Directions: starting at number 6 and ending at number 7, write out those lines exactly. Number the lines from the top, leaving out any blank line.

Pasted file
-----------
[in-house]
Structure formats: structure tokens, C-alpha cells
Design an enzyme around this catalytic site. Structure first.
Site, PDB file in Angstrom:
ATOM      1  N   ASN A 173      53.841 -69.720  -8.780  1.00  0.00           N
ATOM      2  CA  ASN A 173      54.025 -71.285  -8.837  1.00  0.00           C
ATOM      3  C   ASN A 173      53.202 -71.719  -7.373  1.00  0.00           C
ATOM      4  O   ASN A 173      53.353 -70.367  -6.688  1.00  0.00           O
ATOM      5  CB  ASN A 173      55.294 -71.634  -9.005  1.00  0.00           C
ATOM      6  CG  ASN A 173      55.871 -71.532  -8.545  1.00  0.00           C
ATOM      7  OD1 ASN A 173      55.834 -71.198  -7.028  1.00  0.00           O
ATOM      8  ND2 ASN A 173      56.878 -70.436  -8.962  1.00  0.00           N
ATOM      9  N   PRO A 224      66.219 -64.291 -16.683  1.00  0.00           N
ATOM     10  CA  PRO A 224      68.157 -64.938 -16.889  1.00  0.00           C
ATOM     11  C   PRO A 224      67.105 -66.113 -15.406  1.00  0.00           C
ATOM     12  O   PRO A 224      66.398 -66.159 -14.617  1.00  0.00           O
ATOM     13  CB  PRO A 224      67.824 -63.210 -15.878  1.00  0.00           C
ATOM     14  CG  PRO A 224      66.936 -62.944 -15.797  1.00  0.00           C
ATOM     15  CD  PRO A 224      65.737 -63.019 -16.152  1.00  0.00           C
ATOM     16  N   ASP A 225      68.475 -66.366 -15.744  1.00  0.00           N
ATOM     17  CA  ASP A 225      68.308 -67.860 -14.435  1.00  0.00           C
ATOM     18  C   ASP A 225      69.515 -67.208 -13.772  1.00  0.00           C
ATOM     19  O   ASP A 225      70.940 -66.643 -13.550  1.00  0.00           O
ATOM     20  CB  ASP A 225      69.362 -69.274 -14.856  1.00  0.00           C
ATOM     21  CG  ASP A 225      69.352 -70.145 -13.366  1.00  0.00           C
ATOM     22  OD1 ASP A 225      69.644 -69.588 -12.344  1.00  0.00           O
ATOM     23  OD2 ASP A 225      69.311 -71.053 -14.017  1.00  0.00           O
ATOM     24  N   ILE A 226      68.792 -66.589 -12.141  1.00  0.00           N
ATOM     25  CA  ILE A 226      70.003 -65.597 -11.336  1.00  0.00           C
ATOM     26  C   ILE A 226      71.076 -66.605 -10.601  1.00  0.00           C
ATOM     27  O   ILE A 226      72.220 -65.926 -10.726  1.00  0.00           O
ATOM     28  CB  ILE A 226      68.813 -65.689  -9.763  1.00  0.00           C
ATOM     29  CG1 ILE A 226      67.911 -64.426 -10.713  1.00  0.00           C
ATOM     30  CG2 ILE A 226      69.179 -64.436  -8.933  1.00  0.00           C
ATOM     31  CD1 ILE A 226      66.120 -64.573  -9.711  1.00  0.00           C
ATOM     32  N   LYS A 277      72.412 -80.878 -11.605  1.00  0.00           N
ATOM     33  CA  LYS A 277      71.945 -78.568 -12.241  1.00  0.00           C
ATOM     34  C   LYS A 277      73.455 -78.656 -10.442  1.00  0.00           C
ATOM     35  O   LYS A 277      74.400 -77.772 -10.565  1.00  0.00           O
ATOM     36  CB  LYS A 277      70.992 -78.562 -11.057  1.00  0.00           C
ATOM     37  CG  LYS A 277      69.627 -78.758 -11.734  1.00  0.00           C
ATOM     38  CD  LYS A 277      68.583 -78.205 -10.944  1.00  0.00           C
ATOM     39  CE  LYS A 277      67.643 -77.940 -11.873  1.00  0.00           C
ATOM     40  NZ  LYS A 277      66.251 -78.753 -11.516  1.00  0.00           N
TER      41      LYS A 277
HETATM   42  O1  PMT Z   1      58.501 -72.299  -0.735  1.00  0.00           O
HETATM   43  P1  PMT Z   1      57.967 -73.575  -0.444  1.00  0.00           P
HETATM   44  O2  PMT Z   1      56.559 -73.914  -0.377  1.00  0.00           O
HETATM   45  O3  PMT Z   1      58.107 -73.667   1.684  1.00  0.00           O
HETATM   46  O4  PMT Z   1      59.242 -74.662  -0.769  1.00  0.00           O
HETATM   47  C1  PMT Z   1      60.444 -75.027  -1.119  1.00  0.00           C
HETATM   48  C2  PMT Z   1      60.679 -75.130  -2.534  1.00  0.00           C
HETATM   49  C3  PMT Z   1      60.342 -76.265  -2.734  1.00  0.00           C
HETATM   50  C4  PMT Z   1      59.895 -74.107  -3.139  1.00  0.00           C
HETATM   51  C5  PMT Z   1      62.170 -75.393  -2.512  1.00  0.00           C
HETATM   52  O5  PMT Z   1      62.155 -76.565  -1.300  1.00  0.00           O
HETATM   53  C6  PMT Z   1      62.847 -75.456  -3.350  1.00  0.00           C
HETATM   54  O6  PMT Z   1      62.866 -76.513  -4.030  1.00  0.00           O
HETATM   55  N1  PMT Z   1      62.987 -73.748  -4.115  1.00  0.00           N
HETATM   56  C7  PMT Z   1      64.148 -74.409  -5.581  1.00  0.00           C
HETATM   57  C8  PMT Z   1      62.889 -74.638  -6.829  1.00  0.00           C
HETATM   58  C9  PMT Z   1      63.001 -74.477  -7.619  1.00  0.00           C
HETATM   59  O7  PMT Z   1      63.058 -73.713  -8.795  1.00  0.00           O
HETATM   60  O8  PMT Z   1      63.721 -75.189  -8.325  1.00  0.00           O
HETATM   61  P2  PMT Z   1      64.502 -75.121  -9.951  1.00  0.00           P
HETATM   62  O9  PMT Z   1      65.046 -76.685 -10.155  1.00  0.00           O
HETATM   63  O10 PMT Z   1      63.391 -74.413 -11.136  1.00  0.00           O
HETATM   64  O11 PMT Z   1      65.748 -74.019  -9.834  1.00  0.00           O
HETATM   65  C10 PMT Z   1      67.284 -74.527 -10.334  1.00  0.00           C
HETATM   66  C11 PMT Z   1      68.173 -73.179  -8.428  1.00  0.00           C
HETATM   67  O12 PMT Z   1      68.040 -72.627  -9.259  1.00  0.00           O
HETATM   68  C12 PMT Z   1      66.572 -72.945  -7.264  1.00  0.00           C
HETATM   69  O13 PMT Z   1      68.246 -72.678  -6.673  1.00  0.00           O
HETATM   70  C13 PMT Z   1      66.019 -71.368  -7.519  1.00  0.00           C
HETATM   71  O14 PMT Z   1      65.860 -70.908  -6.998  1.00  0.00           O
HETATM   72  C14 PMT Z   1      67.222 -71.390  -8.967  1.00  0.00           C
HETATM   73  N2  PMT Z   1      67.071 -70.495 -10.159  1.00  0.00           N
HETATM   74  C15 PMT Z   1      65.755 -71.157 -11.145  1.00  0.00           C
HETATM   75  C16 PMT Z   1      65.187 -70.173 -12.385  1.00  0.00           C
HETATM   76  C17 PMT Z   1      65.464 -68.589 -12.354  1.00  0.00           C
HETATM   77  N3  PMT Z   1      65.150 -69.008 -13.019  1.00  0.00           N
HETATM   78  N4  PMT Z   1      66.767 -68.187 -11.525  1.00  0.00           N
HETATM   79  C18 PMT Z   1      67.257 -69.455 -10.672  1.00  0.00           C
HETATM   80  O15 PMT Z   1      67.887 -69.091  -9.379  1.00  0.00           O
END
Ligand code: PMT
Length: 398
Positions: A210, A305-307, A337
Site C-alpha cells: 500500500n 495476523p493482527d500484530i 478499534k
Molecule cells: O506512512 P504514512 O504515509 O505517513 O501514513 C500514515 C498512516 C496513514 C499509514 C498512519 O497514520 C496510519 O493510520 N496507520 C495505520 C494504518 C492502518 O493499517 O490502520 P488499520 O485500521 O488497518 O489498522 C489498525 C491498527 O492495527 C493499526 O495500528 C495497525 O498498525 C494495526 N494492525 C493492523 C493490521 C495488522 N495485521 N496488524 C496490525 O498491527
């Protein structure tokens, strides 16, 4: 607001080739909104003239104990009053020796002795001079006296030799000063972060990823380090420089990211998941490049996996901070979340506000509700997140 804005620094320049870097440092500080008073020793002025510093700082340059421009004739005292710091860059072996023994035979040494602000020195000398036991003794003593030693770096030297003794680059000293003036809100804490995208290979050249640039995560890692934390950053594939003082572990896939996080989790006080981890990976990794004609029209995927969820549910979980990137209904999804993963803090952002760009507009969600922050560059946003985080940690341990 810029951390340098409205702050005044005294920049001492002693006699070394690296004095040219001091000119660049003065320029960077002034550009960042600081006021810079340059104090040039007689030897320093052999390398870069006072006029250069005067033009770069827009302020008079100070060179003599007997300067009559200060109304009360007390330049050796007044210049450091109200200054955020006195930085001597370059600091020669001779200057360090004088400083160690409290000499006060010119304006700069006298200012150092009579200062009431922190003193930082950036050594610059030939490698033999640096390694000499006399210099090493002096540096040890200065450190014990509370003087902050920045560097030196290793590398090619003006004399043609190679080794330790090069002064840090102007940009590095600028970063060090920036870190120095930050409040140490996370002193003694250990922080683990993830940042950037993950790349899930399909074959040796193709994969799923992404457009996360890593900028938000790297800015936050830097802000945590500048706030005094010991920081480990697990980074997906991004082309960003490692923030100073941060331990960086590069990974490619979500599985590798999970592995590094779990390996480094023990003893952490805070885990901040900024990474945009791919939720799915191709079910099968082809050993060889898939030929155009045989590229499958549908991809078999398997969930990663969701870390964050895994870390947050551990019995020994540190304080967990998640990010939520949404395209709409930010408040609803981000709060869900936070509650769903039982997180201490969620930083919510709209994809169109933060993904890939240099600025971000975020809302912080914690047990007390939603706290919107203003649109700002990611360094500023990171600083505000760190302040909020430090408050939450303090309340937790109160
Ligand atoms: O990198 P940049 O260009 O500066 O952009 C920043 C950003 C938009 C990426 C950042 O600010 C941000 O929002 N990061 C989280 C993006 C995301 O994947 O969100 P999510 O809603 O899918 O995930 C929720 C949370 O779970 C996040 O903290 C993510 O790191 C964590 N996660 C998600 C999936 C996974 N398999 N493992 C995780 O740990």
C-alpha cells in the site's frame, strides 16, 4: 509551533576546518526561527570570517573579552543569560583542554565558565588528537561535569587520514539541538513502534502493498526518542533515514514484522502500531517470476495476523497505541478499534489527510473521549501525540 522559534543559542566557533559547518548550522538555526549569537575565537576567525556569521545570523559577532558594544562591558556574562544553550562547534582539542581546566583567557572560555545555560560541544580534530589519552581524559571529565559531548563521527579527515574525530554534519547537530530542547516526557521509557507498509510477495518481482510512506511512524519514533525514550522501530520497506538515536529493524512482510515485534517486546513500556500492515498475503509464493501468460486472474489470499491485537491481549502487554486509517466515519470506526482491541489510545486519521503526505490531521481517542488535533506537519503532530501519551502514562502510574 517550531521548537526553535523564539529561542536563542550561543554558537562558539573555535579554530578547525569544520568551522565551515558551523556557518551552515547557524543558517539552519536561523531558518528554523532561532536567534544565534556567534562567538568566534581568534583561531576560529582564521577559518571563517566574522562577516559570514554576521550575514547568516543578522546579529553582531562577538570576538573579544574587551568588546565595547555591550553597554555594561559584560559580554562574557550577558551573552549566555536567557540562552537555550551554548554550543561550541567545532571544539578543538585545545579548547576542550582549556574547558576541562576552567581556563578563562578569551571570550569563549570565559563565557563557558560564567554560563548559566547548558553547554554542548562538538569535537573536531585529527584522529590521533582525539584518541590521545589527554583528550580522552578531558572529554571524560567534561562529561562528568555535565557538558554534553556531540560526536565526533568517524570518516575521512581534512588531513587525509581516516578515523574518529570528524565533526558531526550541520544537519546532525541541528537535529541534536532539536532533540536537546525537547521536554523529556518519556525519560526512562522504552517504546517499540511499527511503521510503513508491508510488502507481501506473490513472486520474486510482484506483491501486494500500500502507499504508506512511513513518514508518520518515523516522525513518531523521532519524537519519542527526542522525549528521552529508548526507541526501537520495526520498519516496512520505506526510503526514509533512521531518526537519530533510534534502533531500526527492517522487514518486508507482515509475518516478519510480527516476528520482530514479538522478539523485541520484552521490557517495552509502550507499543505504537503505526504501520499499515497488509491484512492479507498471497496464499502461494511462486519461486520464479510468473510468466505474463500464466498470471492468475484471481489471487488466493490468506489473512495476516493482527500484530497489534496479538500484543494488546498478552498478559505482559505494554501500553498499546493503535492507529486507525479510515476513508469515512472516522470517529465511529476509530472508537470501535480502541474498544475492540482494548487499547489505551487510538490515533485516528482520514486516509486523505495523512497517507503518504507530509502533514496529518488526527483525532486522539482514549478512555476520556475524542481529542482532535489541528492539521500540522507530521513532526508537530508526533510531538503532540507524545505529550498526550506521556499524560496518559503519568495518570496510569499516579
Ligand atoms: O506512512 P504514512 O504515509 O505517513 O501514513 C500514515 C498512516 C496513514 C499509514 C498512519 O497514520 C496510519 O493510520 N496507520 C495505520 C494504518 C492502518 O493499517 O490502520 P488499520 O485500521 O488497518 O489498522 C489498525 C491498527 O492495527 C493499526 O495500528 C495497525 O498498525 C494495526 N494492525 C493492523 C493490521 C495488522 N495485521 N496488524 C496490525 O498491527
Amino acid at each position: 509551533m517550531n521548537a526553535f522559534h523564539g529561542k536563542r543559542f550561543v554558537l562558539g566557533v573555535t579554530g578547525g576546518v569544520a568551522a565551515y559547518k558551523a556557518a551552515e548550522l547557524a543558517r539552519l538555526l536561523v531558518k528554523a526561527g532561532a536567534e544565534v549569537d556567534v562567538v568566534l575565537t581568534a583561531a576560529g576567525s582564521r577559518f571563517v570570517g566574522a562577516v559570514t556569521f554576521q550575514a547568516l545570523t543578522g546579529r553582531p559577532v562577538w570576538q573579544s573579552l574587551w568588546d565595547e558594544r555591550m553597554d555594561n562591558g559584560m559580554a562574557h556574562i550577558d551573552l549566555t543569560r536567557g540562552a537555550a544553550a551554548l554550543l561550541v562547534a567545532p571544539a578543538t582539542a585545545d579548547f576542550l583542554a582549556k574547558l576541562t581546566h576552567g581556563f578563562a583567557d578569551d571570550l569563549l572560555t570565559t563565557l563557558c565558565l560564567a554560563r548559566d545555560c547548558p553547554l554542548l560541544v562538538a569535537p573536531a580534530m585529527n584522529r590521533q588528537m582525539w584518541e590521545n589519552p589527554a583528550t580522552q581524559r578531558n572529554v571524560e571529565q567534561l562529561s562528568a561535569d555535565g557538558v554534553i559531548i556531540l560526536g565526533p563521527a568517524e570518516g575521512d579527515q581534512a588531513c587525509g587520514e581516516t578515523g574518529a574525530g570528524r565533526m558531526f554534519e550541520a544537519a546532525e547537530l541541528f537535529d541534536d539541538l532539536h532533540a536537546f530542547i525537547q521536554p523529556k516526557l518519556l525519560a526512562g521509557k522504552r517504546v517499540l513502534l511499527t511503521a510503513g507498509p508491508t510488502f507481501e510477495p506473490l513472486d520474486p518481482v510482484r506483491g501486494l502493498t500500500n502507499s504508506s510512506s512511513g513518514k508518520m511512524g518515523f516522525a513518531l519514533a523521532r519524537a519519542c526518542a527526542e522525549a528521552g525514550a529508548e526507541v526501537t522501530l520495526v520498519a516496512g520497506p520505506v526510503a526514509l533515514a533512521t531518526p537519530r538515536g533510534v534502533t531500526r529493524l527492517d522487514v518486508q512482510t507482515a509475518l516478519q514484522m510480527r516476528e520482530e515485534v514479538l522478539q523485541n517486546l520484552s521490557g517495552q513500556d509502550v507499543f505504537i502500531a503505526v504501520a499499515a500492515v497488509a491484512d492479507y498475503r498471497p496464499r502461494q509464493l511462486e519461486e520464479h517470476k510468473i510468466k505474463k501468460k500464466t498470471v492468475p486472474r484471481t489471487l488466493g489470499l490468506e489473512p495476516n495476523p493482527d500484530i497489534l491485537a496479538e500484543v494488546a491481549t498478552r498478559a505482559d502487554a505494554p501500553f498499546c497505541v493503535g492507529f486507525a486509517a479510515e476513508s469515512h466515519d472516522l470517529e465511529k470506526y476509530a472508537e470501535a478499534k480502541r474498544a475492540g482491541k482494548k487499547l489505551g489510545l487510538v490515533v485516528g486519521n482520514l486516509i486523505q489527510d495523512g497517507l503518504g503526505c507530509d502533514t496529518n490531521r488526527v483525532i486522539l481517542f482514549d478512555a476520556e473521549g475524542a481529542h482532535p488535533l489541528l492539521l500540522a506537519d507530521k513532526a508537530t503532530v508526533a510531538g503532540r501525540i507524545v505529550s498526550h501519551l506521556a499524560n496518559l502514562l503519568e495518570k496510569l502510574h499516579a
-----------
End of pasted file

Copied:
ATOM      2  CA  ASN A 173      54.025 -71.285  -8.837  1.00  0.00           C
ATOM      3  C   ASN A 173      53.202 -71.719  -7.373  1.00  0.00           C